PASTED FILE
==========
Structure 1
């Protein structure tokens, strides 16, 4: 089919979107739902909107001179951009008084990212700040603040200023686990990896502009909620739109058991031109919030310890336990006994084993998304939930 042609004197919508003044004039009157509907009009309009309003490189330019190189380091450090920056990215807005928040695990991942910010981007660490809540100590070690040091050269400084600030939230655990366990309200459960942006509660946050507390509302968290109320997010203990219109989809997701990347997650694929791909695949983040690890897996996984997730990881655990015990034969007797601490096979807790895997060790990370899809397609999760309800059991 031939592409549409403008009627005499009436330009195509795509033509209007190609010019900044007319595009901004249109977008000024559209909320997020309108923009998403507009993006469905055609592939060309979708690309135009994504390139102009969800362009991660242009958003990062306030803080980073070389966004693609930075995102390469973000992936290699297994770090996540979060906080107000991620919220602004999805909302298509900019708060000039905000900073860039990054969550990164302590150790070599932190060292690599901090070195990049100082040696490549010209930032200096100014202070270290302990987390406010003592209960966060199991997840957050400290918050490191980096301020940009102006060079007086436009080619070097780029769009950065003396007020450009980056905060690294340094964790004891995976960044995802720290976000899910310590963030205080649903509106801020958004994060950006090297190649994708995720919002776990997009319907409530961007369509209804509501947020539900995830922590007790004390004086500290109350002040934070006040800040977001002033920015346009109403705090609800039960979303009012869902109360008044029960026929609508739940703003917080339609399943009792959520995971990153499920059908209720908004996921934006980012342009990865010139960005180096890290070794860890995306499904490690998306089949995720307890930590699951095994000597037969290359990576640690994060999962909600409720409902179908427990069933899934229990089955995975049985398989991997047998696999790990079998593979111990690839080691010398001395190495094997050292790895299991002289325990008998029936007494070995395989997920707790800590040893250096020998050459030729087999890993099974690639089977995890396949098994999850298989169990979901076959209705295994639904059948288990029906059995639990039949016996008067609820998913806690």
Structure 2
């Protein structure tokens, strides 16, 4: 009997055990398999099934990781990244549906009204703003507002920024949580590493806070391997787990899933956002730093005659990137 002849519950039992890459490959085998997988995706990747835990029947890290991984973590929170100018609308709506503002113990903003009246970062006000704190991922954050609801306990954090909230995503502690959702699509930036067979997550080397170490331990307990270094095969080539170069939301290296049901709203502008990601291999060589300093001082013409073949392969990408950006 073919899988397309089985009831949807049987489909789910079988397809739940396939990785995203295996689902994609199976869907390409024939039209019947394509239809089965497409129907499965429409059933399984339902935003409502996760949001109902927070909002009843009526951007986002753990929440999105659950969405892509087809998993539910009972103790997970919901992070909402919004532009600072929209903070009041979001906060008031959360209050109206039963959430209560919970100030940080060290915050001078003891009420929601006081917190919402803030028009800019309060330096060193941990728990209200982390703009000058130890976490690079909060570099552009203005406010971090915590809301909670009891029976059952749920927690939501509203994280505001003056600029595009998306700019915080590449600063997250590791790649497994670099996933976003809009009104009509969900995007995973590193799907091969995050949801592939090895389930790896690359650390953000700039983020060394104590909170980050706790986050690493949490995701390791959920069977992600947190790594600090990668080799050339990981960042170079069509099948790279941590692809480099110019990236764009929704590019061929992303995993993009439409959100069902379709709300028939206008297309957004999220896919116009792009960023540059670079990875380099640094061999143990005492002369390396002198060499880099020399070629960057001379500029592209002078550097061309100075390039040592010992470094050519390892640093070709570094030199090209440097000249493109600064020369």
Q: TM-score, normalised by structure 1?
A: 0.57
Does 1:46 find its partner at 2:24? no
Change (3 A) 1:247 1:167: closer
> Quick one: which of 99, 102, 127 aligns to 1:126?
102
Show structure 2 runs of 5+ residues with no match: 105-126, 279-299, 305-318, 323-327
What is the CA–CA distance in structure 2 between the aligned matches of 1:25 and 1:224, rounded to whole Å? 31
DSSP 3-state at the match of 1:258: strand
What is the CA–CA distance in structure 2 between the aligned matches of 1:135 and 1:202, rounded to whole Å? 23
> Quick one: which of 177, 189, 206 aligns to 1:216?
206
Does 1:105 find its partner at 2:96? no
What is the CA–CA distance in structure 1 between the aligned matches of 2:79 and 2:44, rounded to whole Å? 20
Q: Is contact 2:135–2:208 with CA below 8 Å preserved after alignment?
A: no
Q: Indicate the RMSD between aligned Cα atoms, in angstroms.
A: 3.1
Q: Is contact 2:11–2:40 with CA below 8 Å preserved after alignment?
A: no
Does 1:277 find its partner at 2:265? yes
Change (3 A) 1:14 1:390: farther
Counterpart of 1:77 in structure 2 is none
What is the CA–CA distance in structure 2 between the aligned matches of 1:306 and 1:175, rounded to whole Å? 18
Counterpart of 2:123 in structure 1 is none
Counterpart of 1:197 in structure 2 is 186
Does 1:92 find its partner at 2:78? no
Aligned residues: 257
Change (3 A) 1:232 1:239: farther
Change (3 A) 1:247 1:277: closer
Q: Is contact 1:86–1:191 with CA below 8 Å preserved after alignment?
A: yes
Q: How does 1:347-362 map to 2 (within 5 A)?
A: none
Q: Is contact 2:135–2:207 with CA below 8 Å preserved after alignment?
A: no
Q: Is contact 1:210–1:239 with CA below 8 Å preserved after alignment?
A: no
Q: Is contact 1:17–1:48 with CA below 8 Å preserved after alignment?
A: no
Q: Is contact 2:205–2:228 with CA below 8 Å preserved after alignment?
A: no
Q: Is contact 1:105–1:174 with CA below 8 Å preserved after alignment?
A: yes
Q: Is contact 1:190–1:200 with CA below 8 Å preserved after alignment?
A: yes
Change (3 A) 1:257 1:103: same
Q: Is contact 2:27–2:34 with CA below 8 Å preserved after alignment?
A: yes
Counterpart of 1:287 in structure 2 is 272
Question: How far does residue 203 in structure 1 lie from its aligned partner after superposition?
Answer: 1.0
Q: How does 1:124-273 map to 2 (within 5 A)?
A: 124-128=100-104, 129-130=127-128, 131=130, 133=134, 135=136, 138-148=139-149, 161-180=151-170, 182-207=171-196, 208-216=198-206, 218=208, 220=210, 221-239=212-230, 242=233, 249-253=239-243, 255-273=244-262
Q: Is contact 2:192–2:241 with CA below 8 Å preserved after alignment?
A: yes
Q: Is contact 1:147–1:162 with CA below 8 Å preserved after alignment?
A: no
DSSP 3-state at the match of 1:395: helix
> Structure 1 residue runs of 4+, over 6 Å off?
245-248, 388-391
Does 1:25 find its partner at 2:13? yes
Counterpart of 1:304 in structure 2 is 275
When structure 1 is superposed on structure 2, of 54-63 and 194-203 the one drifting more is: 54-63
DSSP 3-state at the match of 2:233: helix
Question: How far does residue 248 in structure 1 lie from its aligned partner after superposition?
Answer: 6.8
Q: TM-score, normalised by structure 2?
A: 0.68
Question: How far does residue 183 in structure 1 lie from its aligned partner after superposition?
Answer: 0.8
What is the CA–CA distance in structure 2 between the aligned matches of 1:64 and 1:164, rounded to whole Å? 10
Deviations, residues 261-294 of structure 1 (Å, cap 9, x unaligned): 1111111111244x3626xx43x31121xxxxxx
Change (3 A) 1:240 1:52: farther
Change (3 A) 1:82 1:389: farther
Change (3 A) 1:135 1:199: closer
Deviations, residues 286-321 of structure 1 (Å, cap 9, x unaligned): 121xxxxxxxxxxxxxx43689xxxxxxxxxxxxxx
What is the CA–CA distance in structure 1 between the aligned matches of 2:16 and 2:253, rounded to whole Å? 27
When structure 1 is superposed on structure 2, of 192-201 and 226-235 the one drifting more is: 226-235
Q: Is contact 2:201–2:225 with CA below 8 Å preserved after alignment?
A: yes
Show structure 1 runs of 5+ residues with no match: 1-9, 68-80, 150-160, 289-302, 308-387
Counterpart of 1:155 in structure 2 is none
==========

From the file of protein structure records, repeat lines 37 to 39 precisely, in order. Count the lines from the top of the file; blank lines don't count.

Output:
Q: How does 1:347-362 map to 2 (within 5 A)?
A: none
Q: Is contact 2:135–2:207 with CA below 8 Å preserved after alignment?